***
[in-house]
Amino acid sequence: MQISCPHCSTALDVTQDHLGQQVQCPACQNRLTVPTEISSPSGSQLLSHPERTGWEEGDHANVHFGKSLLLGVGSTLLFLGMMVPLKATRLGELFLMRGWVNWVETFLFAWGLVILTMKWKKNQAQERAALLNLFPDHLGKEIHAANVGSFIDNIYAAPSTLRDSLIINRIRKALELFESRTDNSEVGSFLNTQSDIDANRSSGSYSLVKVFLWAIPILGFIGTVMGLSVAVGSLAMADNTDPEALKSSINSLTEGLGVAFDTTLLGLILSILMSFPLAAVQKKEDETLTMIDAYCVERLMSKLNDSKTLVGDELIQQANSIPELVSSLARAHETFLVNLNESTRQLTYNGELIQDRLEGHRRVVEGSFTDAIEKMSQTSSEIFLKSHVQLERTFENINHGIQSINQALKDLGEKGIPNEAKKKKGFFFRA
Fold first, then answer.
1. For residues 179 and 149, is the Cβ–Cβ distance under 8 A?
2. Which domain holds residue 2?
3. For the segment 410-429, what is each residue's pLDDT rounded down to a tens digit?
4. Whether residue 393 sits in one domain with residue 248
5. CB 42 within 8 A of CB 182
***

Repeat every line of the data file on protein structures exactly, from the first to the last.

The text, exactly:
[in-house]
Amino acid sequence: MQISCPHCSTALDVTQDHLGQQVQCPACQNRLTVPTEISSPSGSQLLSHPERTGWEEGDHANVHFGKSLLLGVGSTLLFLGMMVPLKATRLGELFLMRGWVNWVETFLFAWGLVILTMKWKKNQAQERAALLNLFPDHLGKEIHAANVGSFIDNIYAAPSTLRDSLIINRIRKALELFESRTDNSEVGSFLNTQSDIDANRSSGSYSLVKVFLWAIPILGFIGTVMGLSVAVGSLAMADNTDPEALKSSINSLTEGLGVAFDTTLLGLILSILMSFPLAAVQKKEDETLTMIDAYCVERLMSKLNDSKTLVGDELIQQANSIPELVSSLARAHETFLVNLNESTRQLTYNGELIQDRLEGHRRVVEGSFTDAIEKMSQTSSEIFLKSHVQLERTFENINHGIQSINQALKDLGEKGIPNEAKKKKGFFFRA
Fold first, then answer.
1. For residues 179 and 149, is the Cβ–Cβ distance under 8 A?
2. Which domain holds residue 2?
3. For the segment 410-429, what is each residue's pLDDT rounded down to a tens digit?
4. Whether residue 393 sits in one domain with residue 248
5. CB 42 within 8 A of CB 182